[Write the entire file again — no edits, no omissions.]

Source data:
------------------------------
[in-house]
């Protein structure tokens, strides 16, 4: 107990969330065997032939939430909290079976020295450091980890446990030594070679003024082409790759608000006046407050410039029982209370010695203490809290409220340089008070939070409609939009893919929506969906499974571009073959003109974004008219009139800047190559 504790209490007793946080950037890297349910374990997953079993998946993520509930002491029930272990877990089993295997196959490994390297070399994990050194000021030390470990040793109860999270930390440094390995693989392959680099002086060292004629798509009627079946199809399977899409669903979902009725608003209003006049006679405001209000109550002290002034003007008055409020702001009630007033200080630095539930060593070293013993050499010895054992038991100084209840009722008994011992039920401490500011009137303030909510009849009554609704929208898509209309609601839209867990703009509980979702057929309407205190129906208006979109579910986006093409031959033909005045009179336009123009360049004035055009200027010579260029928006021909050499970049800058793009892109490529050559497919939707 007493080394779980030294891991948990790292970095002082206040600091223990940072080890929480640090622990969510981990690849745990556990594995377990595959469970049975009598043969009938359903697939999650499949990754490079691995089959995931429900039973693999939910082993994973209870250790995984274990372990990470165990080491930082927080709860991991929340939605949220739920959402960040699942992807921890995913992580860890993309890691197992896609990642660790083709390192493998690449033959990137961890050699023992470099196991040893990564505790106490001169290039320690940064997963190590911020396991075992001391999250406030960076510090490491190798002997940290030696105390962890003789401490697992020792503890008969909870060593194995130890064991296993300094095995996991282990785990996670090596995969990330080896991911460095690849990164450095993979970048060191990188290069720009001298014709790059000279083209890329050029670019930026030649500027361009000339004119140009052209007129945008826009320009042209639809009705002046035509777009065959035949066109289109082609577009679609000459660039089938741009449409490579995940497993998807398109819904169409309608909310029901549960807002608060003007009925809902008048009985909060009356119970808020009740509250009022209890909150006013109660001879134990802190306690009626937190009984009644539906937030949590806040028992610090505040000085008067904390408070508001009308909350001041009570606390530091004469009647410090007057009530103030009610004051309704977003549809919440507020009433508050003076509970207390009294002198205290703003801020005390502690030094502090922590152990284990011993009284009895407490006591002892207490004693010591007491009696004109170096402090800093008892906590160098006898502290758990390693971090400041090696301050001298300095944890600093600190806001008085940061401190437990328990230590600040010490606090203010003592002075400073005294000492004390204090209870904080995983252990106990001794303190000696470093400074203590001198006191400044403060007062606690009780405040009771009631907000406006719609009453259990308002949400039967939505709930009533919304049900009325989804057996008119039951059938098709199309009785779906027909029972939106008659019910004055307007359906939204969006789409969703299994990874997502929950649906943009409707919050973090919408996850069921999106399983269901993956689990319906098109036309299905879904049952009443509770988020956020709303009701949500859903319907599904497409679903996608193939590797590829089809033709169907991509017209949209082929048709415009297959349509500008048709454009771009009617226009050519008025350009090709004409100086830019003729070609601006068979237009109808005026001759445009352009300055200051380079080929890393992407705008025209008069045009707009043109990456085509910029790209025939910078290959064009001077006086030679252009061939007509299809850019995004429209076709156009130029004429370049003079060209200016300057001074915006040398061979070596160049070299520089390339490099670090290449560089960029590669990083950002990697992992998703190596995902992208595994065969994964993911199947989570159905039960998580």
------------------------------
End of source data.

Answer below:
[in-house]
């Protein structure tokens, strides 16, 4: 107990969330065997032939939430909290079976020295450091980890446990030594070679003024082409790759608000006046407050410039029982209370010695203490809290409220340089008070939070409609939009893919929506969906499974571009073959003109974004008219009139800047190559 504790209490007793946080950037890297349910374990997953079993998946993520509930002491029930272990877990089993295997196959490994390297070399994990050194000021030390470990040793109860999270930390440094390995693989392959680099002086060292004629798509009627079946199809399977899409669903979902009725608003209003006049006679405001209000109550002290002034003007008055409020702001009630007033200080630095539930060593070293013993050499010895054992038991100084209840009722008994011992039920401490500011009137303030909510009849009554609704929208898509209309609601839209867990703009509980979702057929309407205190129906208006979109579910986006093409031959033909005045009179336009123009360049004035055009200027010579260029928006021909050499970049800058793009892109490529050559497919939707 007493080394779980030294891991948990790292970095002082206040600091223990940072080890929480640090622990969510981990690849745990556990594995377990595959469970049975009598043969009938359903697939999650499949990754490079691995089959995931429900039973693999939910082993994973209870250790995984274990372990990470165990080491930082927080709860991991929340939605949220739920959402960040699942992807921890995913992580860890993309890691197992896609990642660790083709390192493998690449033959990137961890050699023992470099196991040893990564505790106490001169290039320690940064997963190590911020396991075992001391999250406030960076510090490491190798002997940290030696105390962890003789401490697992020792503890008969909870060593194995130890064991296993300094095995996991282990785990996670090596995969990330080896991911460095690849990164450095993979970048060191990188290069720009001298014709790059000279083209890329050029670019930026030649500027361009000339004119140009052209007129945008826009320009042209639809009705002046035509777009065959035949066109289109082609577009679609000459660039089938741009449409490579995940497993998807398109819904169409309608909310029901549960807002608060003007009925809902008048009985909060009356119970808020009740509250009022209890909150006013109660001879134990802190306690009626937190009984009644539906937030949590806040028992610090505040000085008067904390408070508001009308909350001041009570606390530091004469009647410090007057009530103030009610004051309704977003549809919440507020009433508050003076509970207390009294002198205290703003801020005390502690030094502090922590152990284990011993009284009895407490006591002892207490004693010591007491009696004109170096402090800093008892906590160098006898502290758990390693971090400041090696301050001298300095944890600093600190806001008085940061401190437990328990230590600040010490606090203010003592002075400073005294000492004390204090209870904080995983252990106990001794303190000696470093400074203590001198006191400044403060007062606690009780405040009771009631907000406006719609009453259990308002949400039967939505709930009533919304049900009325989804057996008119039951059938098709199309009785779906027909029972939106008659019910004055307007359906939204969006789409969703299994990874997502929950649906943009409707919050973090919408996850069921999106399983269901993956689990319906098109036309299905879904049952009443509770988020956020709303009701949500859903319907599904497409679903996608193939590797590829089809033709169907991509017209949209082929048709415009297959349509500008048709454009771009009617226009050519008025350009090709004409100086830019003729070609601006068979237009109808005026001759445009352009300055200051380079080929890393992407705008025209008069045009707009043109990456085509910029790209025939910078290959064009001077006086030679252009061939007509299809850019995004429209076709156009130029004429370049003079060209200016300057001074915006040398061979070596160049070299520089390339490099670090290449560089960029590669990083950002990697992992998703190596995902992208595994065969994964993911199947989570159905039960998580």